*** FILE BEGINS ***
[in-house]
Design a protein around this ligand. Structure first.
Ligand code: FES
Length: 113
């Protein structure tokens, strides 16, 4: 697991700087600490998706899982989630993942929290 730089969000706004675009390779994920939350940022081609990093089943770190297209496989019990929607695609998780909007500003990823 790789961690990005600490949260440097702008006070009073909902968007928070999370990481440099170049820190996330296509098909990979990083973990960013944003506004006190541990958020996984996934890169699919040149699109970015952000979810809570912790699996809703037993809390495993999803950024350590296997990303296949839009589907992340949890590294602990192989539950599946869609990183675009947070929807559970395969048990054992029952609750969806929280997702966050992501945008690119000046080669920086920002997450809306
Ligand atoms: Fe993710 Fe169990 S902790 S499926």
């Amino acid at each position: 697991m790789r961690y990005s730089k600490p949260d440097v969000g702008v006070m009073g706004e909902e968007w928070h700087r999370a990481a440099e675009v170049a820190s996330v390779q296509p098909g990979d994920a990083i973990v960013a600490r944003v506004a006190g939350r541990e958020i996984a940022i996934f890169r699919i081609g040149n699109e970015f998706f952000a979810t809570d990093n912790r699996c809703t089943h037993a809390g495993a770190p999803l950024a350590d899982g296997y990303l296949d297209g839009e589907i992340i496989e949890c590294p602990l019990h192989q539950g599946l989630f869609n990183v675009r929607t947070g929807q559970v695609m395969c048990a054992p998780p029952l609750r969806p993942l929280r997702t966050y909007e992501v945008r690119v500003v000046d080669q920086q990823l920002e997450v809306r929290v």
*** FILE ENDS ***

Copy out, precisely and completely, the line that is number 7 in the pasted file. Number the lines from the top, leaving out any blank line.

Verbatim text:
């Amino acid at each position: 697991m790789r961690y990005s730089k600490p949260d440097v969000g702008v006070m009073g706004e909902e968007w928070h700087r999370a990481a440099e675009v170049a820190s996330v390779q296509p098909g990979d994920a990083i973990v960013a600490r944003v506004a006190g939350r541990e958020i996984a940022i996934f890169r699919i081609g040149n699109e970015f998706f952000a979810t809570d990093n912790r699996c809703t089943h037993a809390g495993a770190p999803l950024a350590d899982g296997y990303l296949d297209g839009e589907i992340i496989e949890c590294p602990l019990h192989q539950g599946l989630f869609n990183v675009r929607t947070g929807q559970v695609m395969c048990a054992p998780p029952l609750r969806p993942l929280r997702t966050y909007e992501v945008r690119v500003v000046d080669q920086q990823l920002e997450v809306r929290v």